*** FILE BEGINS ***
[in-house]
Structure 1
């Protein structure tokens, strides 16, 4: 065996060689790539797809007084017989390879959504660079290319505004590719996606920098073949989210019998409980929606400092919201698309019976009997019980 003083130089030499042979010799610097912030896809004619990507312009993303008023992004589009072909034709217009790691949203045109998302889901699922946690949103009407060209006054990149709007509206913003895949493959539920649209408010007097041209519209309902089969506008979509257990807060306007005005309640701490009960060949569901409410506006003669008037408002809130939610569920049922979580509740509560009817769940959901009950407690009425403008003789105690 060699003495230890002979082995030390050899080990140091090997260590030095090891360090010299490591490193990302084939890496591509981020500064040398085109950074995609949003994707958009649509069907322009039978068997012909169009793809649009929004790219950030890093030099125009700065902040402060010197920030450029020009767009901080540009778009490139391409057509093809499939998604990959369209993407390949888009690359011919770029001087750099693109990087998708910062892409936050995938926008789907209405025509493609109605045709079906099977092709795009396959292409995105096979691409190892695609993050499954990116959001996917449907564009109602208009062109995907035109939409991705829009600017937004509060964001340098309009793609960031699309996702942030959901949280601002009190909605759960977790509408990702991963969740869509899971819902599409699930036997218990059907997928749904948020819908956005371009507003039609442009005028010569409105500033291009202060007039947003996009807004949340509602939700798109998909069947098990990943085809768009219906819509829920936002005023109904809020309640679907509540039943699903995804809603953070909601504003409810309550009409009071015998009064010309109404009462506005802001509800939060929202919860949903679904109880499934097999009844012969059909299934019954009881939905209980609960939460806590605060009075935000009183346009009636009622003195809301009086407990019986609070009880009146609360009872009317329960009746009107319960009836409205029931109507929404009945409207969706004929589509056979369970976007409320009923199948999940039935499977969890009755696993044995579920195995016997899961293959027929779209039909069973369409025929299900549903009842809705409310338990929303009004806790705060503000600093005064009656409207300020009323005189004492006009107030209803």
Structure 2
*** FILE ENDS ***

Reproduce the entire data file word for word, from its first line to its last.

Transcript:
[in-house]
Structure 1
């Protein structure tokens, strides 16, 4: 065996060689790539797809007084017989390879959504660079290319505004590719996606920098073949989210019998409980929606400092919201698309019976009997019980 003083130089030499042979010799610097912030896809004619990507312009993303008023992004589009072909034709217009790691949203045109998302889901699922946690949103009407060209006054990149709007509206913003895949493959539920649209408010007097041209519209309902089969506008979509257990807060306007005005309640701490009960060949569901409410506006003669008037408002809130939610569920049922979580509740509560009817769940959901009950407690009425403008003789105690 060699003495230890002979082995030390050899080990140091090997260590030095090891360090010299490591490193990302084939890496591509981020500064040398085109950074995609949003994707958009649509069907322009039978068997012909169009793809649009929004790219950030890093030099125009700065902040402060010197920030450029020009767009901080540009778009490139391409057509093809499939998604990959369209993407390949888009690359011919770029001087750099693109990087998708910062892409936050995938926008789907209405025509493609109605045709079906099977092709795009396959292409995105096979691409190892695609993050499954990116959001996917449907564009109602208009062109995907035109939409991705829009600017937004509060964001340098309009793609960031699309996702942030959901949280601002009190909605759960977790509408990702991963969740869509899971819902599409699930036997218990059907997928749904948020819908956005371009507003039609442009005028010569409105500033291009202060007039947003996009807004949340509602939700798109998909069947098990990943085809768009219906819509829920936002005023109904809020309640679907509540039943699903995804809603953070909601504003409810309550009409009071015998009064010309109404009462506005802001509800939060929202919860949903679904109880499934097999009844012969059909299934019954009881939905209980609960939460806590605060009075935000009183346009009636009622003195809301009086407990019986609070009880009146609360009872009317329960009746009107319960009836409205029931109507929404009945409207969706004929589509056979369970976007409320009923199948999940039935499977969890009755696993044995579920195995016997899961293959027929779209039909069973369409025929299900549903009842809705409310338990929303009004806790705060503000600093005064009656409207300020009323005189004492006009107030209803």
Structure 2